Johnson County Appraiser’s Office extends deadline to April 17; Lenexa neighborhood bands together during COVID-19 shutdown

Johnson County Appraiser’s Office extends deadline to April 17

The Johnson County Appraiser’s Office has extended the Informal Appeal filing deadline to 5 p.m. on April 17, citing circumstances surrounding the COVID-19 outbreak and its impact on the community.

There are three ways in which to file an informal appeal:

  • Submitting appeal applications online at jocogov.org/dept/appraiser/home
  • Mailing with a postmark on or before April 17
  • Placing appeal applilcations inside the Appraiser’s Office drop box located outside the front door at 11811 S. Sunset Drive in Olathe

More details are on Johnson County’s website.

Lenexa neighborhood bands together during COVID-19 shutdown

After a Lenexa Hills Elementary School parent was among the first Kansans to test positive for COVID-19, a local neighborhood banded together to offer support and comfort during this unprecedented time of physical distancing.

Dozens of neighbors began checking on one another, especially older and other vulnerable individuals.

“Our neighborhoods – like it or not – have become a refuge,” wrote Dawn Bormann Novascone, who serves a contributing editor for The Journal.

[A Lenexa neighborhood becomes a refuge after COVID-19 hits close to home — The Journal]

Rep. Sharice Davids calls for tribal businesses to have access to COVID-19 relief programs

U.S. Rep. Sharice Davids and U.S. Rep. Ruben Gallego, D-Ariz., are calling for tribal small businesses to receive access to relief programs. Davids and Gallego authored a letter signed by a bipartisan group of 38 members of Congress on Wednesday.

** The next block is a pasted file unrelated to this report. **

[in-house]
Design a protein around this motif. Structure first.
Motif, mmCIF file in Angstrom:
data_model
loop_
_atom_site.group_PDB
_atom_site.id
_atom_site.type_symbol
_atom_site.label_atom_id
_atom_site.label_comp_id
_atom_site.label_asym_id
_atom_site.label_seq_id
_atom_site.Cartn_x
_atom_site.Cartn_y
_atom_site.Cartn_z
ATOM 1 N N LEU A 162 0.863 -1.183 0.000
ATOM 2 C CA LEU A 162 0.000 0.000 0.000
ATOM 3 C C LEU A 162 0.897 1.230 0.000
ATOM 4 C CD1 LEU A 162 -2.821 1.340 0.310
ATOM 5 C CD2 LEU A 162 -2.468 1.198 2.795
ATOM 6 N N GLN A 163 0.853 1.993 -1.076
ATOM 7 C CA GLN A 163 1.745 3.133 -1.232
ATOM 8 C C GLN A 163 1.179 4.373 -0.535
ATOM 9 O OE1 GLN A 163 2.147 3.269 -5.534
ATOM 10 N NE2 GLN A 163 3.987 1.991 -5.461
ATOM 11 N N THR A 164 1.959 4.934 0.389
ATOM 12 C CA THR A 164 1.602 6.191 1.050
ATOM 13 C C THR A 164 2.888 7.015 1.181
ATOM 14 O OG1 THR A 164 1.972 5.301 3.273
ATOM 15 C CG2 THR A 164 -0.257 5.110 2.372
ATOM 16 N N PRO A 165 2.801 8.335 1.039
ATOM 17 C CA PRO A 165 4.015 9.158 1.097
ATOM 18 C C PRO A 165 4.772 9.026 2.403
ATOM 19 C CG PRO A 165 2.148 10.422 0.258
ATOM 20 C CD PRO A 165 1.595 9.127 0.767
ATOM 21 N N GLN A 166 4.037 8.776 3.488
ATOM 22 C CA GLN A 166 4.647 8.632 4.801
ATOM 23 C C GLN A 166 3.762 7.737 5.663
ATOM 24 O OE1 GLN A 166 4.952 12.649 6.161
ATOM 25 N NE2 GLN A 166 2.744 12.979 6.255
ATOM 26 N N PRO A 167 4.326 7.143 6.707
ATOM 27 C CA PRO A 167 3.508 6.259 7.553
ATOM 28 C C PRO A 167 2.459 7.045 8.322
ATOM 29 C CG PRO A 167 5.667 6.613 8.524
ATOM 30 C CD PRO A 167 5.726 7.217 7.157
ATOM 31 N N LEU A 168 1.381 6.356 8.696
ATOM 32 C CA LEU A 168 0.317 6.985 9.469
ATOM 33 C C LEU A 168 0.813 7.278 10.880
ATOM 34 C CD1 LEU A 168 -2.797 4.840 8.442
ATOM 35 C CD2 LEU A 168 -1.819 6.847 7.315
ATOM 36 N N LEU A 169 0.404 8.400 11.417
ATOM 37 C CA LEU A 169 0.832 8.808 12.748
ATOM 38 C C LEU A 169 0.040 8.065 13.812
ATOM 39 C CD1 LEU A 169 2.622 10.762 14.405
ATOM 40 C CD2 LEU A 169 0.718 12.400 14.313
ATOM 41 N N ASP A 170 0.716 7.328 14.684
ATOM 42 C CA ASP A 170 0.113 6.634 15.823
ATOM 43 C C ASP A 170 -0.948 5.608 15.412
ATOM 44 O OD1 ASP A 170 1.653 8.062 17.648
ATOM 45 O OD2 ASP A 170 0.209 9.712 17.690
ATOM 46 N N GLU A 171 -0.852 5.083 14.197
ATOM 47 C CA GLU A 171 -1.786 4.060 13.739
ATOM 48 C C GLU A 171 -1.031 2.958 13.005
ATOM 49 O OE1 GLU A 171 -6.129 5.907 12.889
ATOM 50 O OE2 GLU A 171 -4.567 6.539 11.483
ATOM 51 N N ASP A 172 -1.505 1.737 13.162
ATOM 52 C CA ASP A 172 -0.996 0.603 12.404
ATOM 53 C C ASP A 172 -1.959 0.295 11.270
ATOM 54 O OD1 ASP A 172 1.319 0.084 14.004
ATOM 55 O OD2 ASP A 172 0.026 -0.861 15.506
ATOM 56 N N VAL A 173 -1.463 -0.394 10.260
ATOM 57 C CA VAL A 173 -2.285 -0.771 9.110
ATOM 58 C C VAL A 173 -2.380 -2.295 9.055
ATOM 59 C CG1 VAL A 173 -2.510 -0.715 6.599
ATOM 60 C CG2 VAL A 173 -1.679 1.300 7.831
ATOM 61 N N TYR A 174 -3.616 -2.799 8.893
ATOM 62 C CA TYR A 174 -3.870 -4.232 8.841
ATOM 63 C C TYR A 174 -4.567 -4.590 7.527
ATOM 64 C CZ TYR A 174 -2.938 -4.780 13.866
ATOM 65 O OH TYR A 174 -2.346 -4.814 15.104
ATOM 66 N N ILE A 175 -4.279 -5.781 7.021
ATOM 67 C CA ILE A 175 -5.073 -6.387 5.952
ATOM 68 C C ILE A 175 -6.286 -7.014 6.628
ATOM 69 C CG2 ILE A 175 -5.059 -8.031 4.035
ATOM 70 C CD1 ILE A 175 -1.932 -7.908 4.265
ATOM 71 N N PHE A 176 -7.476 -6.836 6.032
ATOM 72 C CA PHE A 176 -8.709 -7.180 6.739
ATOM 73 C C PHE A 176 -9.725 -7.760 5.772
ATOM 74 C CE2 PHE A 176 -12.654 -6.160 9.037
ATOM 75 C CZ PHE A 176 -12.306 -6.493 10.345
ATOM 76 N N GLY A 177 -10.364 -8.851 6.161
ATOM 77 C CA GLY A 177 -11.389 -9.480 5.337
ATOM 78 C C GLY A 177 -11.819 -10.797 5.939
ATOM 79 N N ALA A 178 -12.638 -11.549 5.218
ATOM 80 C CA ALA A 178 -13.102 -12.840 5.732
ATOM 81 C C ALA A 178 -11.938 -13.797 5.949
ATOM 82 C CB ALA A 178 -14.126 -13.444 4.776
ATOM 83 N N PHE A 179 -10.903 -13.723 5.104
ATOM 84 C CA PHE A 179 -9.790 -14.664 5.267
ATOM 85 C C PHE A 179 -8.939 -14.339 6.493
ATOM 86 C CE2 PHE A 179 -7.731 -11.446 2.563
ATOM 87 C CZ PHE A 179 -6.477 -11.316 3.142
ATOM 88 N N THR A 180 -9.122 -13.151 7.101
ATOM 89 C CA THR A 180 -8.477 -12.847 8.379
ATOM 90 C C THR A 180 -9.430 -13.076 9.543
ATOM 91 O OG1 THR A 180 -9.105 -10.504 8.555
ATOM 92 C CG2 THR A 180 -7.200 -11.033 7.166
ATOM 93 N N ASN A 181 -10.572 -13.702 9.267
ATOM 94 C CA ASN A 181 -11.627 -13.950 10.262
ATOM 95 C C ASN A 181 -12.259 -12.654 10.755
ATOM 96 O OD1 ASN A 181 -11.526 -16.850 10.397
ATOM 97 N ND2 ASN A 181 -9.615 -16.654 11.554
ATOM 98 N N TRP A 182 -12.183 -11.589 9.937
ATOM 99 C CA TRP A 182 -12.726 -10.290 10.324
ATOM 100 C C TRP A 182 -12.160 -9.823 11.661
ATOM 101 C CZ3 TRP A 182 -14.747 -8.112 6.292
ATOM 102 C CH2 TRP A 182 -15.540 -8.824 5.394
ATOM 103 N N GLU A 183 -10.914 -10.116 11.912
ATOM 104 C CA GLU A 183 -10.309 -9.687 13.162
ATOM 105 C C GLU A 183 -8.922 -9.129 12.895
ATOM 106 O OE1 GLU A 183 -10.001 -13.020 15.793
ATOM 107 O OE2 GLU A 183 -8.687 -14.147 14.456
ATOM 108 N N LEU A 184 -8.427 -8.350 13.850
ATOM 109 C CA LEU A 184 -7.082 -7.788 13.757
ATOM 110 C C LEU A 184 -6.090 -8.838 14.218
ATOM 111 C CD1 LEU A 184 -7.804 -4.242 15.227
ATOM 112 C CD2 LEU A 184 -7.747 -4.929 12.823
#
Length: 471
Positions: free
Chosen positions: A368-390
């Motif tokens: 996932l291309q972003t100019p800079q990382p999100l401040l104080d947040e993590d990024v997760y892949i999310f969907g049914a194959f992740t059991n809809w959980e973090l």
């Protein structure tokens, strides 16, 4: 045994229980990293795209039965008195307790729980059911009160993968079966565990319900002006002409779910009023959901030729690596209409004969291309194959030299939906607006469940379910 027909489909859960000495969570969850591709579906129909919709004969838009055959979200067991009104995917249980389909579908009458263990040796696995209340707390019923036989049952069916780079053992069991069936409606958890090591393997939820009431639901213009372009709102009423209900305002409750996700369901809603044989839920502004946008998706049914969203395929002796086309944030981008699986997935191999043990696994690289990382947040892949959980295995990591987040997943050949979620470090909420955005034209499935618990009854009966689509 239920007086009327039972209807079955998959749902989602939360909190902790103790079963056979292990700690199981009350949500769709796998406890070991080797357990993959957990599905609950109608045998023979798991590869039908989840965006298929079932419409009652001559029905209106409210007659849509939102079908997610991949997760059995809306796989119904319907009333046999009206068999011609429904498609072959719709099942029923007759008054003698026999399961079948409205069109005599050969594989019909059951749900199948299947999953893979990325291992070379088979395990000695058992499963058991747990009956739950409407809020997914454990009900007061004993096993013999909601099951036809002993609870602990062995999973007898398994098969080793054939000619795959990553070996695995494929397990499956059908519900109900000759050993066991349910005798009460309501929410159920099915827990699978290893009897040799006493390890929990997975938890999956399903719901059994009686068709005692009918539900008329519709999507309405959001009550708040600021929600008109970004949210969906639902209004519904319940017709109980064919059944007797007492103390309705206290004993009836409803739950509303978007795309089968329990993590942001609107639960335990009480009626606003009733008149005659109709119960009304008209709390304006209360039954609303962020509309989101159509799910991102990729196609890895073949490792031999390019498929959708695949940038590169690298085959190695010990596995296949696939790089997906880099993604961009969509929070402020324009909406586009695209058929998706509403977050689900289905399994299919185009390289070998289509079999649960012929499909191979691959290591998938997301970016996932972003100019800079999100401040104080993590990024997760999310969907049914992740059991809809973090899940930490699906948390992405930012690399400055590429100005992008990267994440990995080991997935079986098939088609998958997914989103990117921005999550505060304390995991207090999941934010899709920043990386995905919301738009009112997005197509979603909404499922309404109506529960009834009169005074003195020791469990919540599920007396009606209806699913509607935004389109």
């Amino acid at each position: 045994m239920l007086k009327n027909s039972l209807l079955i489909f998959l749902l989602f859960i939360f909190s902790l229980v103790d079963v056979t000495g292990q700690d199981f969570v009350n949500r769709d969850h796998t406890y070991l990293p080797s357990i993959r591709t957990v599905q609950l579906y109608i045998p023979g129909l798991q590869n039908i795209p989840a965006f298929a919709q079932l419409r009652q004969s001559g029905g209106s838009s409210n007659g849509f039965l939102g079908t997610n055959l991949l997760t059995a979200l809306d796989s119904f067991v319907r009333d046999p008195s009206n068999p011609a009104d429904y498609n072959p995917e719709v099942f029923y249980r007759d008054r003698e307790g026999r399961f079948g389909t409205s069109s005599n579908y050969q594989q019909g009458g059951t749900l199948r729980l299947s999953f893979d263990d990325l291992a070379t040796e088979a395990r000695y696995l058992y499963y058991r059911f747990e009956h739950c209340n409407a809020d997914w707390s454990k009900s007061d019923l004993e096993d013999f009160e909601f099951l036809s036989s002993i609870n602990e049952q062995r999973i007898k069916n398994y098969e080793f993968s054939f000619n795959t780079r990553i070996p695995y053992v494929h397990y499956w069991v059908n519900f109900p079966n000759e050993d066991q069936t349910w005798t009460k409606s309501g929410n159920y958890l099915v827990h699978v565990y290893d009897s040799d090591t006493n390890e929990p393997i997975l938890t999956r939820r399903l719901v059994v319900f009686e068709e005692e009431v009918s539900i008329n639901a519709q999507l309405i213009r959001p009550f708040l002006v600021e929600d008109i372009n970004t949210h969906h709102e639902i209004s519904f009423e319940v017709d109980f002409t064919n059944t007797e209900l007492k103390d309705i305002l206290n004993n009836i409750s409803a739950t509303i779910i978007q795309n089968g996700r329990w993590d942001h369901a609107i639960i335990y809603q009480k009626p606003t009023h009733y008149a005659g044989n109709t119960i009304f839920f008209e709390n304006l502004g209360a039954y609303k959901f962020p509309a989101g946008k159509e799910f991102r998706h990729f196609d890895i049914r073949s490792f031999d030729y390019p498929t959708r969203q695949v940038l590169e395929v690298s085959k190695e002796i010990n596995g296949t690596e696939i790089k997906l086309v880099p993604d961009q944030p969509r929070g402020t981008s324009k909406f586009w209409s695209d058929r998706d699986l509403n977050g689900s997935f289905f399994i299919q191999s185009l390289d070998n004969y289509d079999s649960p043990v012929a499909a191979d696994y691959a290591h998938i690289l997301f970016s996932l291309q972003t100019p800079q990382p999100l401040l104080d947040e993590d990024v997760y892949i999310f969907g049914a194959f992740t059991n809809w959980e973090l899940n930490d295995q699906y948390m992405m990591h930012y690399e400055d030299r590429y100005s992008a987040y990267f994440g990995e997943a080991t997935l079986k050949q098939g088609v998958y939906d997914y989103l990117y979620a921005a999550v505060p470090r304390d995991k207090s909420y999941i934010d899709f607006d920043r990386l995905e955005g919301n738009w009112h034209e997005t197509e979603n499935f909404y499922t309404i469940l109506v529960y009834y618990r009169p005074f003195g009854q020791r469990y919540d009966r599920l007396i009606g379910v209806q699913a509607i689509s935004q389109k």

Although tribal small businesses can access paycheck protection program loans, the Small Business Administration last week “released an interim rule” excluding tribally-operated gaming and financial operations from relief programs, according to an Indian-County Today press release.

Davids’ letter called on SMA and the Department of Treasury to reverse the interim rule.

“We should be doing everything we can to support our small businesses right now, including our tribal business, which are vital employers for tribal reservations and their surrounding communities,” Davids said in the release. “It’s essential that tribal small businesses can access these critical loan programs as Congress intended so they can pay their employees, keep their businesses afloat and help to preserve their economy.”

Additionally, Davids said small tribal businesses with less than 500 employees are essential to tribal sovereignty and are often critical to both the tribal nation’s well being as well as the economy of the surrounding communities.

Merriam police to celebrate kids in the city with birthdays in a special way

The city of Merriam on Thursday announced on Twitter that the Merriam Police Department intends to help kids celebrate their birthdays during the coronavirus pandemic in a special way.

Those interested in the service can contact Capt. Chris Brokaw at (913) 322-5566 or cbrowkaw@merriam.org to schedule a parade. Officers will participate in these parades until the end of the pandemic.